Rising to international prominence in the early 1980s, Raul Ruiz proved one of the most exciting and innovative foreign filmmakers, providing more intellectual fun and artistic experimentation, shot for shot, than any filmmaker since Jean-Luc Godard. Slashing his way through celluloid with machete-sharp sounds and images, Ruiz was a guerrilla who uncompromisingly assaulted the preconceptions of film art. This frightfully prolific figure - he made over 50 films in 20 years - did not adhere to any one style of filmmaking. He worked in 35mm, 16mm and video for theatrical release and for European TV, and on documentary and fiction features.
Born June 25, 1941 in Puerto Montt, Chile, Ruiz's career began in the avant-garde theater where, from 1956 to 1962, he wrote over 100 plays. Although he never directed any of these productions, he did dabble in filmmaking in 1960 and 1964 with two short, unfinished films. With the 1968 release of his first completed feature, "Tres tristes tigres," Ruiz, along with Miguel Littin and Aldo Francia, was shot to the forefront of Chilean film. A committed leftist who supported the Marxist government of Salvador Allende, Ruiz was forced to flee his country during the fascist coup of 1973. Living in exile in Paris for the rest of his life, he found a forum for his ideas in European television. His first great European success came with "The Hypothesis of the Stolen Painting" (1978), a puzzling black-and-white film adapted from a novel by Pierre Klossowski, constructed in a "tableaux vivants" style that told the enigmatic story of a missing 19th-century painting.
Influenced by the fabulist tradition that ran through much Latin American literature - which Gabriel Garcia Marquez, Jorge Luis Borges, and Alfonso Reyes all cited as influences - Ruiz was a poet of fantastic images whose films slipped effortlessly from reality to imagination and back again. A manipulator of wild, intellectual games in which the rules are forever changing, Ruiz's techniques were as varied as film itself - a collection of odd Wellesian angles and close-ups, bewildering POV shots, dazzling colors, and labyrinthine narratives which weaved and dodged the viewer's grasp with every shot.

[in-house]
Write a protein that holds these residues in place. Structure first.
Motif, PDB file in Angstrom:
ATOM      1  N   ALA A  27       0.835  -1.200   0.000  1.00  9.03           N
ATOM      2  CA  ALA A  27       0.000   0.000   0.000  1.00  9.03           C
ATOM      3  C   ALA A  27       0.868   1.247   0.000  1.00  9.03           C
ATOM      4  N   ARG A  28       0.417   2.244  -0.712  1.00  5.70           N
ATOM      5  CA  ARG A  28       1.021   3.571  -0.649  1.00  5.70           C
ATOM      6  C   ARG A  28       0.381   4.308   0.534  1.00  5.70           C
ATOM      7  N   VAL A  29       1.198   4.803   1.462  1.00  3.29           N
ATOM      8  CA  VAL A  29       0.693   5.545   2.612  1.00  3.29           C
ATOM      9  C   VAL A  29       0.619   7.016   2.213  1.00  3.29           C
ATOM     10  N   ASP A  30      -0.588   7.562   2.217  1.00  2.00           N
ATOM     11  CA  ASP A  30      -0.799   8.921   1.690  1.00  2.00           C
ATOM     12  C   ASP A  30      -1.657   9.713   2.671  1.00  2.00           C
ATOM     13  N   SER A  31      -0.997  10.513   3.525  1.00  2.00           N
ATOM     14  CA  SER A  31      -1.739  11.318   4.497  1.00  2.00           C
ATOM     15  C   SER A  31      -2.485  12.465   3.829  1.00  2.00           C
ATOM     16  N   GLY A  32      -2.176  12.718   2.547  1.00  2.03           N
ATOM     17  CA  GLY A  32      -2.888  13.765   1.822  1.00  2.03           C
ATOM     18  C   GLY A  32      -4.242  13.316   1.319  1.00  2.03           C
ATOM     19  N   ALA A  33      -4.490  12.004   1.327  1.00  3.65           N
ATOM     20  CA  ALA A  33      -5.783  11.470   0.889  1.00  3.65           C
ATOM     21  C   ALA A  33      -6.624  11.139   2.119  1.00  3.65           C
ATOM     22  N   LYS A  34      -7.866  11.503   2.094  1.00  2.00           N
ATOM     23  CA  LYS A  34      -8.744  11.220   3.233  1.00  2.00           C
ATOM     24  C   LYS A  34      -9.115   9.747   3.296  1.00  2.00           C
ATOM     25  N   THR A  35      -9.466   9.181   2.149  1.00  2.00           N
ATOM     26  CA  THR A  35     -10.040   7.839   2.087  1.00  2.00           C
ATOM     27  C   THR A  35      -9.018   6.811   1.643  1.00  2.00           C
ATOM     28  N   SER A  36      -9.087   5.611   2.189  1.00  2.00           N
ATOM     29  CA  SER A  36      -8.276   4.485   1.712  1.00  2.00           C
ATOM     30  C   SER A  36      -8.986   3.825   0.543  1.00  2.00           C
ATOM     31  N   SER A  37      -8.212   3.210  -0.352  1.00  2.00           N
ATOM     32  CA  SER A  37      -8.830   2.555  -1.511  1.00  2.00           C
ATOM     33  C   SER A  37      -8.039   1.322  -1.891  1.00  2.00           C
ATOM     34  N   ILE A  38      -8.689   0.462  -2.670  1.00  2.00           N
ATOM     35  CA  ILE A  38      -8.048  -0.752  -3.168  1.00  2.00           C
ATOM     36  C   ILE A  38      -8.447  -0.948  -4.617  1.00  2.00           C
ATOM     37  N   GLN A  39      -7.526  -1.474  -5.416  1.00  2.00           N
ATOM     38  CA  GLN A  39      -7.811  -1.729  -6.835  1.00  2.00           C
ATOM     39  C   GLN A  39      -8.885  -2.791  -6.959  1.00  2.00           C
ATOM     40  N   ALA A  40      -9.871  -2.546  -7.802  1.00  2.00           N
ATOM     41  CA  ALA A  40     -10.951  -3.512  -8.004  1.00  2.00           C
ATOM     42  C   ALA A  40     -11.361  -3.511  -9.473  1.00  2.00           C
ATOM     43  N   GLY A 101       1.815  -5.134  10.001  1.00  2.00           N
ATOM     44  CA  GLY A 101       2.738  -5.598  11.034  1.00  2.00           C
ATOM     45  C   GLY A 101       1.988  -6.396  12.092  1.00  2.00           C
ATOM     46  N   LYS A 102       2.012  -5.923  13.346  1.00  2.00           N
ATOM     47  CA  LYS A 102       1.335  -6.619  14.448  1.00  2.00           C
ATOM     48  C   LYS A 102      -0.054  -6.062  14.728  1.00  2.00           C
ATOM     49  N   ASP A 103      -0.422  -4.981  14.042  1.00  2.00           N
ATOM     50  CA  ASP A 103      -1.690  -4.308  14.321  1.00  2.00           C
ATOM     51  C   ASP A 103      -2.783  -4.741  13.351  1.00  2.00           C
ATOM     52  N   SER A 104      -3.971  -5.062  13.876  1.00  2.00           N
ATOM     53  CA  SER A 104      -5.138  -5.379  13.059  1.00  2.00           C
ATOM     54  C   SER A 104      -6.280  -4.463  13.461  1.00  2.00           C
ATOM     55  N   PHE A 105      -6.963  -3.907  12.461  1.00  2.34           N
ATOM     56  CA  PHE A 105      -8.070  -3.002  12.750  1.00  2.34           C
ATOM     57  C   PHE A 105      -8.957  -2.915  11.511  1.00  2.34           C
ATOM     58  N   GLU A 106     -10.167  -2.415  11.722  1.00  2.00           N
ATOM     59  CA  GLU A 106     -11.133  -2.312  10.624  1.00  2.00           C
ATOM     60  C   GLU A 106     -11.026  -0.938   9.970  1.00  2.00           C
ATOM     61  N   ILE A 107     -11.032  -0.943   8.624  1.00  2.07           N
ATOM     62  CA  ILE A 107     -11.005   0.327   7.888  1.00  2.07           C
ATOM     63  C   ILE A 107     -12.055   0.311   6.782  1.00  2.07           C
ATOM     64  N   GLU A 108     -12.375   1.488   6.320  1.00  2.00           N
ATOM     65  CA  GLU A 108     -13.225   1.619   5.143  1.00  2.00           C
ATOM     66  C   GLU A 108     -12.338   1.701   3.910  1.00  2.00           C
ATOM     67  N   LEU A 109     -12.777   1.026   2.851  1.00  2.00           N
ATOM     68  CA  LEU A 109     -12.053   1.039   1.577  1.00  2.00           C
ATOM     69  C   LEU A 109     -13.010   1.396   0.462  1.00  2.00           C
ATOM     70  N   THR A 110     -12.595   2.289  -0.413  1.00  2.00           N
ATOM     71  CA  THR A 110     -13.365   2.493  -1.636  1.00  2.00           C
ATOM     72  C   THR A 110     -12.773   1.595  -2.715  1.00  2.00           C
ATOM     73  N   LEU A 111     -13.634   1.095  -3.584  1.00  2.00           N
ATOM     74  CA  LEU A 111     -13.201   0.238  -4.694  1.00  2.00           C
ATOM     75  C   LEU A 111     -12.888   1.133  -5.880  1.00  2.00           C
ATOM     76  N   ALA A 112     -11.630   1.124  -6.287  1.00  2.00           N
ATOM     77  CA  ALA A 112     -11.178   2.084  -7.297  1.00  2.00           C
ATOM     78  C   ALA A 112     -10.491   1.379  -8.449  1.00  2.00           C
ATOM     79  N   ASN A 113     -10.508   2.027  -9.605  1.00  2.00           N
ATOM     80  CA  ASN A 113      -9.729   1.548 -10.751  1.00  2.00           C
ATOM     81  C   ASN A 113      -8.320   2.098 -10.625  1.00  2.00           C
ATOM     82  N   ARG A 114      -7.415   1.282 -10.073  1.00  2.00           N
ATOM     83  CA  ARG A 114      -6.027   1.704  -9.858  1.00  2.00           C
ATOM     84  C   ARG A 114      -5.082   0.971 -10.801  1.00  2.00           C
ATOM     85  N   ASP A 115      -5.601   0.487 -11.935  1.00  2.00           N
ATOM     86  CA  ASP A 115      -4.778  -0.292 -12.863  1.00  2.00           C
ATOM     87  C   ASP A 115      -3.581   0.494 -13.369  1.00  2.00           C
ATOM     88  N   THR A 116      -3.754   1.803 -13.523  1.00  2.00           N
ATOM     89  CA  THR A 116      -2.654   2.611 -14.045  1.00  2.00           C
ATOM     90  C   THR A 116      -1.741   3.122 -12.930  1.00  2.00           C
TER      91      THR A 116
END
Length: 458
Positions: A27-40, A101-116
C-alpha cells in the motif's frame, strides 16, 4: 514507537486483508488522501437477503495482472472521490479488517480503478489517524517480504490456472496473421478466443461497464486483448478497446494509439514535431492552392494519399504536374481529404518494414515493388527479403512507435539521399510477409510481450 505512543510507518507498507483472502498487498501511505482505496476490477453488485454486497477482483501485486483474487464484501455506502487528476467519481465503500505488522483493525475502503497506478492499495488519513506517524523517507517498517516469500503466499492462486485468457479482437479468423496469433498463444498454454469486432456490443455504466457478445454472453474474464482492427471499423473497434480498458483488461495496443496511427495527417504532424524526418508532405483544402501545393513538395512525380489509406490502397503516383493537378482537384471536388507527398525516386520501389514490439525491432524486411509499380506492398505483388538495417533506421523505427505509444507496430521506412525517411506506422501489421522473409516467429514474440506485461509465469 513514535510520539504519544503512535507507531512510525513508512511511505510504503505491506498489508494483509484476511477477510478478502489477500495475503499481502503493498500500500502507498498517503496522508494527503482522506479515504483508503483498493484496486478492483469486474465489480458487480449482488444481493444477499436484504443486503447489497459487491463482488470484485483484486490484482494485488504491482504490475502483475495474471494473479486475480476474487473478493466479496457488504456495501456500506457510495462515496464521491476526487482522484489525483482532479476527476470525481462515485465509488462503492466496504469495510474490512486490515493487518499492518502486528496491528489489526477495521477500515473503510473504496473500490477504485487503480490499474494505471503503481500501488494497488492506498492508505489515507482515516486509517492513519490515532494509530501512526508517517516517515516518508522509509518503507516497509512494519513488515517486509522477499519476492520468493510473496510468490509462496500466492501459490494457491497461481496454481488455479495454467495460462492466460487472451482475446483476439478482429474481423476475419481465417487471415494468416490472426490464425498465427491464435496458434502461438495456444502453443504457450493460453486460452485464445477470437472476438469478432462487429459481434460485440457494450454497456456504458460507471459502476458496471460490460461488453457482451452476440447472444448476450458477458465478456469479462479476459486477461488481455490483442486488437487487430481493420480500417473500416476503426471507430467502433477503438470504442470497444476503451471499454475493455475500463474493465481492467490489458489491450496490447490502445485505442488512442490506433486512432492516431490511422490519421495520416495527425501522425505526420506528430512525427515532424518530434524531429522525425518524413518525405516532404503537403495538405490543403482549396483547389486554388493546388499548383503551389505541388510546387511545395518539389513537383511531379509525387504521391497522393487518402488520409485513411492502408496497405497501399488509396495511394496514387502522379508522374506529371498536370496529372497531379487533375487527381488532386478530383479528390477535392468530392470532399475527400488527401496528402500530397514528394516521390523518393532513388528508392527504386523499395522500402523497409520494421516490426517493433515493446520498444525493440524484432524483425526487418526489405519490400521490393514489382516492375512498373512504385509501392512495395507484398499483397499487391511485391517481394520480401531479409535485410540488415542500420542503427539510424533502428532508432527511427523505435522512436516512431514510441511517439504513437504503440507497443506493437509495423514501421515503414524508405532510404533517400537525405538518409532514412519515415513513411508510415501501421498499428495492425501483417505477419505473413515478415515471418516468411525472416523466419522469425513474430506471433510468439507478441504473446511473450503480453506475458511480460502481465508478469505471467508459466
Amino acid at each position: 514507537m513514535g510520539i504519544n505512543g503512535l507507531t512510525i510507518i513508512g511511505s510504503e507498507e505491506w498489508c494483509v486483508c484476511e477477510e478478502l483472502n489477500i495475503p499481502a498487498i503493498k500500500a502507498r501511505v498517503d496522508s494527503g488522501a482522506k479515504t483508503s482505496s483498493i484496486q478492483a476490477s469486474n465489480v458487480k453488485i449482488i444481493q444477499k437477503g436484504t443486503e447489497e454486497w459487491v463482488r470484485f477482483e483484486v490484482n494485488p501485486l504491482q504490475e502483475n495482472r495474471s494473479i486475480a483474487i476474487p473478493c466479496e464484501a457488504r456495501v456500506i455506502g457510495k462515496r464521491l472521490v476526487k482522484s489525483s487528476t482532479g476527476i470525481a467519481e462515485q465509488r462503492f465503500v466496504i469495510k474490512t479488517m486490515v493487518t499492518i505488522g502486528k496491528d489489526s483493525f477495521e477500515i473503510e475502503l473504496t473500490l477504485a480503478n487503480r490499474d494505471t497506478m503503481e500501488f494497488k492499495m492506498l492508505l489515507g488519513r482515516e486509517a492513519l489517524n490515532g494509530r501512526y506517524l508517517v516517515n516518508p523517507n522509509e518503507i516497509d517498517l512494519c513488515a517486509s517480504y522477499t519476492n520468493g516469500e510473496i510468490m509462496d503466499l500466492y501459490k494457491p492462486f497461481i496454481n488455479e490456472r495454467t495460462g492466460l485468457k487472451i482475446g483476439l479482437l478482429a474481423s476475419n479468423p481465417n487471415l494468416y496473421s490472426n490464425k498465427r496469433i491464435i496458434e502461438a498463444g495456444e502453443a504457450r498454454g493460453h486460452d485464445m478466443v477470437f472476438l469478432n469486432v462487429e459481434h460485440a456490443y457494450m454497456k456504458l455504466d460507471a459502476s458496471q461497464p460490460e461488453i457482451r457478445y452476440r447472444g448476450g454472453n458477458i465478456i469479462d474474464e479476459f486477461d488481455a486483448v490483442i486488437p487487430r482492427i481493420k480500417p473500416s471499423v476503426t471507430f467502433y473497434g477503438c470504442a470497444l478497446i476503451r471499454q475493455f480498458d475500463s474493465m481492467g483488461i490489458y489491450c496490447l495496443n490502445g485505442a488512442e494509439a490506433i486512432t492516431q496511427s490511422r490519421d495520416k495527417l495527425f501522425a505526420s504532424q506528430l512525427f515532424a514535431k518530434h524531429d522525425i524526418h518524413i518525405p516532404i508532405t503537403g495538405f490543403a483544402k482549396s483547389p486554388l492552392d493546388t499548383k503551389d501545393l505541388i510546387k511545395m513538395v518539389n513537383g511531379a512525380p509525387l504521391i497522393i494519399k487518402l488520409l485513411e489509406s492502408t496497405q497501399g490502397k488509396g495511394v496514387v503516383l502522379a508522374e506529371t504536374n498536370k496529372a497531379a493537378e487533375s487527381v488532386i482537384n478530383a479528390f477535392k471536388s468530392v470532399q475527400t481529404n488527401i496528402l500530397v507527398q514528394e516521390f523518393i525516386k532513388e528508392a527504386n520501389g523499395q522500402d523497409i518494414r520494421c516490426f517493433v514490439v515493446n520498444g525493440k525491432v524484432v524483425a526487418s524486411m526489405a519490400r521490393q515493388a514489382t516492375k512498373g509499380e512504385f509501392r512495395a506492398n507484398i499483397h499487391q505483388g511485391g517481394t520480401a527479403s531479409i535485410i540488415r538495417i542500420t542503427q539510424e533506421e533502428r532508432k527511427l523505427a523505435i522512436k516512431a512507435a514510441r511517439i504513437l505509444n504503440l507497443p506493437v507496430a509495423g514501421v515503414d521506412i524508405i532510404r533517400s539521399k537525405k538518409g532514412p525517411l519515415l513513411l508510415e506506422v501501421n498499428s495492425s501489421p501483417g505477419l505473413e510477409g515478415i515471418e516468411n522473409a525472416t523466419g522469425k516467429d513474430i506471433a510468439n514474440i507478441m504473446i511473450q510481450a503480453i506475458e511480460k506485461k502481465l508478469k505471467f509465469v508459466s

As original as Ruiz was, one saw the diversity of his influences; in addition to adapting Klossowski, he was inspired by Franz Kafka (1971's "La Colonia Penal" was a Chilean reworking of "The Penal Colony"), Racine, Calderon, Shakespeare, Robert Louis Stevenson, Orson Welles (whose "F For Fake" was a precursor of "The Hypothesis of the Stolen Painting "), and Hollywood B-movies (Roger Corman was executive producer on 1983's "The Territory"). Like Jean-Luc Godard - whom Ruiz named as an early influence and who also owed a debt to B-films - Ruiz made no differentiation between the "high art" of Racine or Calderon and the "low art" of Roger Corman. Unfortunately, only a handful of Ruiz's films were available for viewing in America, and it was on these few films that his reputation was built in the U.S. The few works that were available, however, bore witness to the genius that informed his entire body of work. The filmmaker passed away at age 70 on Aug. 19, 2011 in his beloved Paris.